Changes made to immigration practices by the Trump administration have created plenty of new issues for clients, Western New York immigration lawyers said.
Invest Buffalo Niagara: Rosanna Berardi, on the Can-Am border
Rosanna Berardi is managing partner at Berardi Immigration Law and a cross-border expert. On this episode of Bell Ringer she shares some of that expertise, with some help from special guest Carolyn Powell of Invest Buffalo Niagara.
RT: Very damaging or inevitable? Lawyers assess US proposal to rummage through visitors social media
The proposal for visa applicants to surrender 5 years of their social-media history will have a “huge impact” on travel to the US and could be “very damaging” for those seeking to come to America, an immigration attorney told RT.While diplomats and travelers facing medical emergencies are expected to be exempt from the new extreme vetting procedure …
Bloomberg: Small Shift in Handling Some Canadian Visas Could Make Big Waves
A Homeland Security Department pilot program is shifting the decision-making process on certain temporary visas for Canadians away from the border.But what is starting out as a relatively small test run could have much broader implications for this and other visa programs if the pilot is expanded …
Buffalo Business First: Law firms join forces on immigration
In an effort to strengthen the immigration and cross-border team at Barclay Damon, the law firm named Buffalo attorneys Rosanna Berardi and Jennifer Behm special immigration counsel.They are managing partner and partner, respectively, of Berardi Immigration Law and will continue at that firm …
Bloomberg: Travel Abroad Could Spell Trouble for Green Card Seekers
There may be a new snag for immigrants in the employment-based green card backlog: an inability to travel outside the U.S. for three or more months at a time. Were basically forcing people to be grounded, Laura Danielson of Fredrikson & Byron in Minneapolis told Bloomberg BNA …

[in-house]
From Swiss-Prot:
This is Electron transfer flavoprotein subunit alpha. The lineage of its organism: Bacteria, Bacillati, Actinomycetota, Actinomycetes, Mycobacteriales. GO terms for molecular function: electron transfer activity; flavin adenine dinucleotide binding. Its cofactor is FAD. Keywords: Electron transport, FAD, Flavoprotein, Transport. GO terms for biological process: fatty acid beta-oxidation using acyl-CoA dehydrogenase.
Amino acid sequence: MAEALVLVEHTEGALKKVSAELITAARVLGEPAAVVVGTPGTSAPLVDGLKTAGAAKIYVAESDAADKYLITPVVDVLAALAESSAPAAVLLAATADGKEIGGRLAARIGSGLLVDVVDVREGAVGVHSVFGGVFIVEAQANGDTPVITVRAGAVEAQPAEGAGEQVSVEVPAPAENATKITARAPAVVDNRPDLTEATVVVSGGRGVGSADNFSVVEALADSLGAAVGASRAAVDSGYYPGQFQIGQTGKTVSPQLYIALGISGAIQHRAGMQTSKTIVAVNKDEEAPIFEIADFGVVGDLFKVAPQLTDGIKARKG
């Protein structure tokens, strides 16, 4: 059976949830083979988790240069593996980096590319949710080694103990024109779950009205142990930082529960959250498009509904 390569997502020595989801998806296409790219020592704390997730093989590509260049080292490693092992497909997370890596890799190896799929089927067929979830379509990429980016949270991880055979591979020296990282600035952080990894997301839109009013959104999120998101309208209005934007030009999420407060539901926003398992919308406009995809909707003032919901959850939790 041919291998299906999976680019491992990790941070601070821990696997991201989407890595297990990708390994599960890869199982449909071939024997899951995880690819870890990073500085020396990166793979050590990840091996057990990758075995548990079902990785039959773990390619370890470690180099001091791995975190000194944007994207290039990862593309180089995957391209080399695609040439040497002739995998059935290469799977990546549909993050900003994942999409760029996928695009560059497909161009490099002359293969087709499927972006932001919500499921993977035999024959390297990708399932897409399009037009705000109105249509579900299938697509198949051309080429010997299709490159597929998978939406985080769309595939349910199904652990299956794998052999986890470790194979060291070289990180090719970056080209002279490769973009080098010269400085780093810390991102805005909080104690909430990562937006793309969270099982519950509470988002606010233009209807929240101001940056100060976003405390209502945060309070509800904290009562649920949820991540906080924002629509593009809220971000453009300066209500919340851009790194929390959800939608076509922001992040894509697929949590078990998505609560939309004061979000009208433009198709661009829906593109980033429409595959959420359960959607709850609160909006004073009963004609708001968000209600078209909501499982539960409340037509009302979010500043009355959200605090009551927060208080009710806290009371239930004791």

Buffalo Business First: Supreme Court won’t hear DACA case, for now
The U.S. Supreme Court wont take up the Trump administrations appeal of a federal judges ruling that temporarily keeps the DACA program intact before the case makes its way through the lower courts. Under an injunction through two lower courts, the Department of Homeland Security must continue to accept renewal applicantions for the…
Buffalo Law Journal: Trump and NAFTA: The end to a robust trade agreement
The North American Free Trade Agreement was a hot topic of the 2016 presidential election. NAFTA received an unprecedented amount of attention by both candidates. On the campaign trail, Donald Trump vowed to rip up NAFTA, although his team has since clarified that he is looking to rightsize it and make it fairer.
Buffalo Business First: Refugee resettlement agency on Trump’s ban: “Our clients are very concerned”
Catholic Charities of Buffalo planned to welcome 19 refugees to Buffalo this week, but instead those refugees are temporarily banned from entering the United States for the next four months. An executive order signed Jan. 27 by President Trump suspends the U.S. Refugee Admissions Program for 120 days and halts…
Forbes: A Lawyer Aids Immigrants’ American Dreams Through Her Firm